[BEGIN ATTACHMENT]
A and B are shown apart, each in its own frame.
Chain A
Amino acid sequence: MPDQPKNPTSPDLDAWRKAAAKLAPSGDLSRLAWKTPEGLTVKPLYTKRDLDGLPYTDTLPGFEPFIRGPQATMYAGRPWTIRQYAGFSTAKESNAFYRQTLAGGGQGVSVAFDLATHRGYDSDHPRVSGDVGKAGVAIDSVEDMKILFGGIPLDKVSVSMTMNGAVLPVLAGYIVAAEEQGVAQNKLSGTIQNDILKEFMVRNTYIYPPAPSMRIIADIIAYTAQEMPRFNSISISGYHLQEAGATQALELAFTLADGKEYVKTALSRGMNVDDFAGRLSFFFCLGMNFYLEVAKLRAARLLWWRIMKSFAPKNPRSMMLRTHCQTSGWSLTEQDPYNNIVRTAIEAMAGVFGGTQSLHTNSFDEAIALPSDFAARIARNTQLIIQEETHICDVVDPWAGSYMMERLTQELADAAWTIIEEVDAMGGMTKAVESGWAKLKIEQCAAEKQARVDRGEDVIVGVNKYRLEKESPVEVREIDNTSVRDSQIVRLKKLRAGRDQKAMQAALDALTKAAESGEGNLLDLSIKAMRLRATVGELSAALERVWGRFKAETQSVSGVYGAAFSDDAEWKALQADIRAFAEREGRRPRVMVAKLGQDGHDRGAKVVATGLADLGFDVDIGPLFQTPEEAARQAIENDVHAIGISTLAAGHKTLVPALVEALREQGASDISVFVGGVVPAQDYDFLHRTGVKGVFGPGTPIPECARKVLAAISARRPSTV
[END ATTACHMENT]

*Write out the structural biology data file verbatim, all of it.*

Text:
A and B are shown apart, each in its own frame.
Chain A
Amino acid sequence: MPDQPKNPTSPDLDAWRKAAAKLAPSGDLSRLAWKTPEGLTVKPLYTKRDLDGLPYTDTLPGFEPFIRGPQATMYAGRPWTIRQYAGFSTAKESNAFYRQTLAGGGQGVSVAFDLATHRGYDSDHPRVSGDVGKAGVAIDSVEDMKILFGGIPLDKVSVSMTMNGAVLPVLAGYIVAAEEQGVAQNKLSGTIQNDILKEFMVRNTYIYPPAPSMRIIADIIAYTAQEMPRFNSISISGYHLQEAGATQALELAFTLADGKEYVKTALSRGMNVDDFAGRLSFFFCLGMNFYLEVAKLRAARLLWWRIMKSFAPKNPRSMMLRTHCQTSGWSLTEQDPYNNIVRTAIEAMAGVFGGTQSLHTNSFDEAIALPSDFAARIARNTQLIIQEETHICDVVDPWAGSYMMERLTQELADAAWTIIEEVDAMGGMTKAVESGWAKLKIEQCAAEKQARVDRGEDVIVGVNKYRLEKESPVEVREIDNTSVRDSQIVRLKKLRAGRDQKAMQAALDALTKAAESGEGNLLDLSIKAMRLRATVGELSAALERVWGRFKAETQSVSGVYGAAFSDDAEWKALQADIRAFAEREGRRPRVMVAKLGQDGHDRGAKVVATGLADLGFDVDIGPLFQTPEEAARQAIENDVHAIGISTLAAGHKTLVPALVEALREQGASDISVFVGGVVPAQDYDFLHRTGVKGVFGPGTPIPECARKVLAAISARRPSTV